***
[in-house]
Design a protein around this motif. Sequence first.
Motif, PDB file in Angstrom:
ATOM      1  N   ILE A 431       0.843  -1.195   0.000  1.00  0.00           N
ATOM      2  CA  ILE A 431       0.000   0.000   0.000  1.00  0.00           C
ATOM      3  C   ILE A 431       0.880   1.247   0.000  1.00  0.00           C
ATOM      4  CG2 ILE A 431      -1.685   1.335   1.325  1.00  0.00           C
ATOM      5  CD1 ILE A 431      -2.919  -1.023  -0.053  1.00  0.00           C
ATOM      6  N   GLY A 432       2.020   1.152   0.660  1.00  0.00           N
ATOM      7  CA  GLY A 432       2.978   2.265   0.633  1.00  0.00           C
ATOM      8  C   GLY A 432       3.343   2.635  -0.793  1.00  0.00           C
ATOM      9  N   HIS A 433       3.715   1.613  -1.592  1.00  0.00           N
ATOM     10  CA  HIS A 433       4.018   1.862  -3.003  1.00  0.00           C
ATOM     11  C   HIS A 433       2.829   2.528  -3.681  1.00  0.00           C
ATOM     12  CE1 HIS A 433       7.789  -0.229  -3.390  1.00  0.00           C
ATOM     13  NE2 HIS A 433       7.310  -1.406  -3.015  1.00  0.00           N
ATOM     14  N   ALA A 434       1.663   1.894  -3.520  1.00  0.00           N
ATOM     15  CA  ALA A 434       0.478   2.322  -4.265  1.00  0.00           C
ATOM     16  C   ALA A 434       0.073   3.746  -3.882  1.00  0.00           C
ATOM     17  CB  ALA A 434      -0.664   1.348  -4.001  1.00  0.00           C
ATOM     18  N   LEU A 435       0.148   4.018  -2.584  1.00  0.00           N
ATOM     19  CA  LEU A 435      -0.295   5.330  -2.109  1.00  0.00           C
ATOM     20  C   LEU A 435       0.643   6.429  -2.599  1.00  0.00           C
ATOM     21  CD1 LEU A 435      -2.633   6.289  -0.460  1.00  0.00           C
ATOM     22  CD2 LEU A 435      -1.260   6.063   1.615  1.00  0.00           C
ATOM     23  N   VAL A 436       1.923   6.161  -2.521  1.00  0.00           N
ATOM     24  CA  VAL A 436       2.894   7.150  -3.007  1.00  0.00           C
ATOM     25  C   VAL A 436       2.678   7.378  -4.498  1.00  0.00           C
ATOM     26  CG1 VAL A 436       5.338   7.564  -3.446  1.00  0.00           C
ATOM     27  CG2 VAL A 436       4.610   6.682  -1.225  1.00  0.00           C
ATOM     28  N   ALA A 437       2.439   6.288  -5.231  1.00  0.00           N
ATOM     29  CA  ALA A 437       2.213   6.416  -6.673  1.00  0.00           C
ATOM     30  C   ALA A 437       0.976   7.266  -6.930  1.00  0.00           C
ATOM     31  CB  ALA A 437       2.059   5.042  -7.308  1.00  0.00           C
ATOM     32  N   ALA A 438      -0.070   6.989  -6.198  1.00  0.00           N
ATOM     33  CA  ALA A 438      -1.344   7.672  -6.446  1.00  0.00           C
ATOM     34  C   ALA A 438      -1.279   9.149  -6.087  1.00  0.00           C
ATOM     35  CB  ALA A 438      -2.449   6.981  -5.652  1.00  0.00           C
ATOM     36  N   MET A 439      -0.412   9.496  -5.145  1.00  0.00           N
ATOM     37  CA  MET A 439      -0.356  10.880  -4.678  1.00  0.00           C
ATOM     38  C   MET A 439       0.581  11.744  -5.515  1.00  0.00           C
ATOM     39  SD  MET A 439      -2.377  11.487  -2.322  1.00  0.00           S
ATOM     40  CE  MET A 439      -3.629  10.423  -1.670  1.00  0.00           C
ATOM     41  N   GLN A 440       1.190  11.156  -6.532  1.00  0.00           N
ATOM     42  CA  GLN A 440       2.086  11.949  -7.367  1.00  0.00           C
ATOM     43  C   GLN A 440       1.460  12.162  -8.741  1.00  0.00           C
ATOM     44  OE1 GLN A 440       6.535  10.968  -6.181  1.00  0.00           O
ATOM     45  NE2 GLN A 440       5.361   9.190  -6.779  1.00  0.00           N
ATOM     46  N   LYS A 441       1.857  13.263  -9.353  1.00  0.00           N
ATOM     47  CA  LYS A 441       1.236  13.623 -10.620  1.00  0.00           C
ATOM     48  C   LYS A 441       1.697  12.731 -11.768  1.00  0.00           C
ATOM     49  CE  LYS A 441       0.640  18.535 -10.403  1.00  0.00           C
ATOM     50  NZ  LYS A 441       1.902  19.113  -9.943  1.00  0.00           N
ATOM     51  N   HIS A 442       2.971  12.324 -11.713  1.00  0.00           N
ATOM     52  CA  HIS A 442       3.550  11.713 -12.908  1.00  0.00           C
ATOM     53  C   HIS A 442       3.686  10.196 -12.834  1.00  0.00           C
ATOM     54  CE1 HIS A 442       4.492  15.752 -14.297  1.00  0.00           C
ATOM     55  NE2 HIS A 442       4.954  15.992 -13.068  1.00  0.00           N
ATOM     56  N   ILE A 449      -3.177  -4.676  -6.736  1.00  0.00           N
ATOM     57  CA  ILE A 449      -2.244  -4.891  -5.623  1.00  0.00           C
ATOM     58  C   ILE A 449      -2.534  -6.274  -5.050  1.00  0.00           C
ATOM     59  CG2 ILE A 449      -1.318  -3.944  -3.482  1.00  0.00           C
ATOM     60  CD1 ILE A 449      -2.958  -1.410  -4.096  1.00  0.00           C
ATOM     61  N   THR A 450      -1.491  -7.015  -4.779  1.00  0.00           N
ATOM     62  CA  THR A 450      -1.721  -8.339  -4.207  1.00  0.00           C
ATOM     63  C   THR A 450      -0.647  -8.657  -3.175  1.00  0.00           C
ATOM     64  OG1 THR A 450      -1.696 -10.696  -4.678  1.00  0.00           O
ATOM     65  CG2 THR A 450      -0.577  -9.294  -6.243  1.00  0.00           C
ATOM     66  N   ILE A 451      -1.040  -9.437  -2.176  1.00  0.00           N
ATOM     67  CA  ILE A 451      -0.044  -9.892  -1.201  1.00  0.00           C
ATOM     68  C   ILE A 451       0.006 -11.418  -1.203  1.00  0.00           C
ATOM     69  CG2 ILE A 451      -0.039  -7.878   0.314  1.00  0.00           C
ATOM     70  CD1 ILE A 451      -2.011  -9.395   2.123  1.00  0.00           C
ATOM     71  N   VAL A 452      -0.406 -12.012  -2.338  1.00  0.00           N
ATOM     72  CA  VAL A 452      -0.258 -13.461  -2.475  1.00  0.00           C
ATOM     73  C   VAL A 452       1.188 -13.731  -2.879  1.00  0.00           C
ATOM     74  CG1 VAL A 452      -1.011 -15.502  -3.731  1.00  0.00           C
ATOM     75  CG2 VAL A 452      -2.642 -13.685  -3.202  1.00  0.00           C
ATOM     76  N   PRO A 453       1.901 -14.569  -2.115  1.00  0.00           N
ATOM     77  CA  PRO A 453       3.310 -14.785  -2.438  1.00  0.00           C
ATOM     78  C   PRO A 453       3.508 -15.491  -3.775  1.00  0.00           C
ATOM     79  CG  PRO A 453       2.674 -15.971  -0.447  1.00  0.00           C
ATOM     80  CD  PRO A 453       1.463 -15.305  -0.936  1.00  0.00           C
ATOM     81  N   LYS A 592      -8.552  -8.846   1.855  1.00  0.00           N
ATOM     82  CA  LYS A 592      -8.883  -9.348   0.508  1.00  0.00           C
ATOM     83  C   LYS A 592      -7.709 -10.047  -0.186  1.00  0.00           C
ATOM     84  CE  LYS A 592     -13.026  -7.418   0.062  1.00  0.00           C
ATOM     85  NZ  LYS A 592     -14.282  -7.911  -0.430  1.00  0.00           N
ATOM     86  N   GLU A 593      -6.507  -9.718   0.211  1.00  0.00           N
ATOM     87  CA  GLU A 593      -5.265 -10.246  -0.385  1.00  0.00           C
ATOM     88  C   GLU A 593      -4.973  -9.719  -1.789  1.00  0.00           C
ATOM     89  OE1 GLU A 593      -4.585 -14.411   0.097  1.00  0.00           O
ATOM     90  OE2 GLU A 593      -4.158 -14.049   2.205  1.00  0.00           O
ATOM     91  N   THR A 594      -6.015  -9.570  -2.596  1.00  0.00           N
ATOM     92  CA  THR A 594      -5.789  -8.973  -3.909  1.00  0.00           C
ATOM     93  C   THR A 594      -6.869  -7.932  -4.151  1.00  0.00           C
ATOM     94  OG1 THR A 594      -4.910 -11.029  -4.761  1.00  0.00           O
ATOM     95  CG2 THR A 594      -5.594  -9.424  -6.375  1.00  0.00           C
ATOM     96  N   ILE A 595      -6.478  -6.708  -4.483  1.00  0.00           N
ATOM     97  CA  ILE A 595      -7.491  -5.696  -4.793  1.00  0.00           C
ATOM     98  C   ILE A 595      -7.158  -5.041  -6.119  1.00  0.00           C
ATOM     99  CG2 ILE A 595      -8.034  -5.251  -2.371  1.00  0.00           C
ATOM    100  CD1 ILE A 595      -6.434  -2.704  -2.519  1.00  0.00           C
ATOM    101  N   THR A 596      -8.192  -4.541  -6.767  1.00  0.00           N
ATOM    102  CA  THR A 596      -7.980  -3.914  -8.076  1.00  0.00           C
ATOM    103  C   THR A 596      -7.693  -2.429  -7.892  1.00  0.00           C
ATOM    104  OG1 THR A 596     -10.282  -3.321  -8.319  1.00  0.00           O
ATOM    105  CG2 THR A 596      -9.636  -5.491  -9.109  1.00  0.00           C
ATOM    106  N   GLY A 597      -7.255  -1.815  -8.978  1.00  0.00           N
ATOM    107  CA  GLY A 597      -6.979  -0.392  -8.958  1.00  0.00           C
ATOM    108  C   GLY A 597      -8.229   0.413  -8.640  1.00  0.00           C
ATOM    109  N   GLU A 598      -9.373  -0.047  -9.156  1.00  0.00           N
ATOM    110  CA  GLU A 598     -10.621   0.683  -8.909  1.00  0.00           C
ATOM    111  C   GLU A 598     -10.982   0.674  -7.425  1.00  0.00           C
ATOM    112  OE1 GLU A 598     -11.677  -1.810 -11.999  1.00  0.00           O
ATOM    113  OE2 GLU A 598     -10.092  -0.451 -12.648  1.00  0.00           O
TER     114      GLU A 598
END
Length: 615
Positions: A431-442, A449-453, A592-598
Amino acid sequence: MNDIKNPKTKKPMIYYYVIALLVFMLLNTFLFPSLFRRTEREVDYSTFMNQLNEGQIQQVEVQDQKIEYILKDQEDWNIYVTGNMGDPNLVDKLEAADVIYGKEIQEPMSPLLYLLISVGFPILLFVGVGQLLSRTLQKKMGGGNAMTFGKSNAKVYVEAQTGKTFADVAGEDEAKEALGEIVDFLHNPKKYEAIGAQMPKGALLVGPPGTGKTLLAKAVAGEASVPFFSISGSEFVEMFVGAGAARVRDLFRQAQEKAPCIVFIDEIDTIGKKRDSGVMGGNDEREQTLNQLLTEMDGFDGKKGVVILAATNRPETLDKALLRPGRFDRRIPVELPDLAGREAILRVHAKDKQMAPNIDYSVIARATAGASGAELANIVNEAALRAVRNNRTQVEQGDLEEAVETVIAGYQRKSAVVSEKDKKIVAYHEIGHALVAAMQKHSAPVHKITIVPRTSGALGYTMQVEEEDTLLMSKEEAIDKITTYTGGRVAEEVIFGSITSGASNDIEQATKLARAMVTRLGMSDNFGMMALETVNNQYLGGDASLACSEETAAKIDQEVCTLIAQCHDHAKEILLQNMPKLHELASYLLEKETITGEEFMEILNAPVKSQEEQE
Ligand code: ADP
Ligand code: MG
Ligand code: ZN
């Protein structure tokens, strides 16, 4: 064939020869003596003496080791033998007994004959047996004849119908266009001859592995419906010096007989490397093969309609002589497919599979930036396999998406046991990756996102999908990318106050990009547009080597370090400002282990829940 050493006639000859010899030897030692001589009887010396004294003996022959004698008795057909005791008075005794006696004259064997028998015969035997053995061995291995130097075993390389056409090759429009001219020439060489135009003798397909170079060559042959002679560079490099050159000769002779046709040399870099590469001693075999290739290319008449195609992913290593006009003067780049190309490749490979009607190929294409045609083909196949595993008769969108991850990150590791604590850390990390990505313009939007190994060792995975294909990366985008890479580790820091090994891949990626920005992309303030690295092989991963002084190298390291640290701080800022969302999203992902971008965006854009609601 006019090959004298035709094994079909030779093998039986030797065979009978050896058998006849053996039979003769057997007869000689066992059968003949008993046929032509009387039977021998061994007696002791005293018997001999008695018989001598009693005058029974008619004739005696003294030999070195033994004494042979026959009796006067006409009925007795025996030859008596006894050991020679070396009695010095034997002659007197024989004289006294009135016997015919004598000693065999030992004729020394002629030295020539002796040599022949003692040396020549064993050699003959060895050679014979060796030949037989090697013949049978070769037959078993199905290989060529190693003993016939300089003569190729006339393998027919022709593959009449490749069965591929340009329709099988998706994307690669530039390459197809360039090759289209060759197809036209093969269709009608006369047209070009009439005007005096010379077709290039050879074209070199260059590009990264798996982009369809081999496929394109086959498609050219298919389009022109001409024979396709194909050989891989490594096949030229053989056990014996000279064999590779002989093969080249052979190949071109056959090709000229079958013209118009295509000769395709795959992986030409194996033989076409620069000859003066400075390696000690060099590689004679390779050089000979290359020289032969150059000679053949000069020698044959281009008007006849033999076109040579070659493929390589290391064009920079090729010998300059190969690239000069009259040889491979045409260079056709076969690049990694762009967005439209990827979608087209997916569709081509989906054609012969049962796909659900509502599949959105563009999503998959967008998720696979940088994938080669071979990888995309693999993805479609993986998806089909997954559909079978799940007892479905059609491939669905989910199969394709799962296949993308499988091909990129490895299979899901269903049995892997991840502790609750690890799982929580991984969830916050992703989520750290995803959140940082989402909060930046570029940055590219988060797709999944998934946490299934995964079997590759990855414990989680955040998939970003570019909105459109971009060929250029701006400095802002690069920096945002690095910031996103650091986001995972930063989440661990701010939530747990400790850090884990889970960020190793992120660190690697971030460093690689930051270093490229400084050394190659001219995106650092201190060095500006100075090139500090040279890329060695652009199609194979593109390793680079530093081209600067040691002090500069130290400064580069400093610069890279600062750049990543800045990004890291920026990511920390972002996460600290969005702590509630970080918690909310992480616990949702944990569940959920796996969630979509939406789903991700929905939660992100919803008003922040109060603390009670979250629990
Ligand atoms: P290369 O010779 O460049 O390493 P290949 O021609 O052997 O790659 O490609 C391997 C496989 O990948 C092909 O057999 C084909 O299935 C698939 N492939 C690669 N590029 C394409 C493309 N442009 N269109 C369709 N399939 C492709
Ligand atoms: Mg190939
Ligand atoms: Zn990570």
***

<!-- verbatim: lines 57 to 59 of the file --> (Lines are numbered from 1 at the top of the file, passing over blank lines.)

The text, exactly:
ATOM     54  CE1 HIS A 442       4.492  15.752 -14.297  1.00  0.00           C
ATOM     55  NE2 HIS A 442       4.954  15.992 -13.068  1.00  0.00           N
ATOM     56  N   ILE A 449      -3.177  -4.676  -6.736  1.00  0.00           N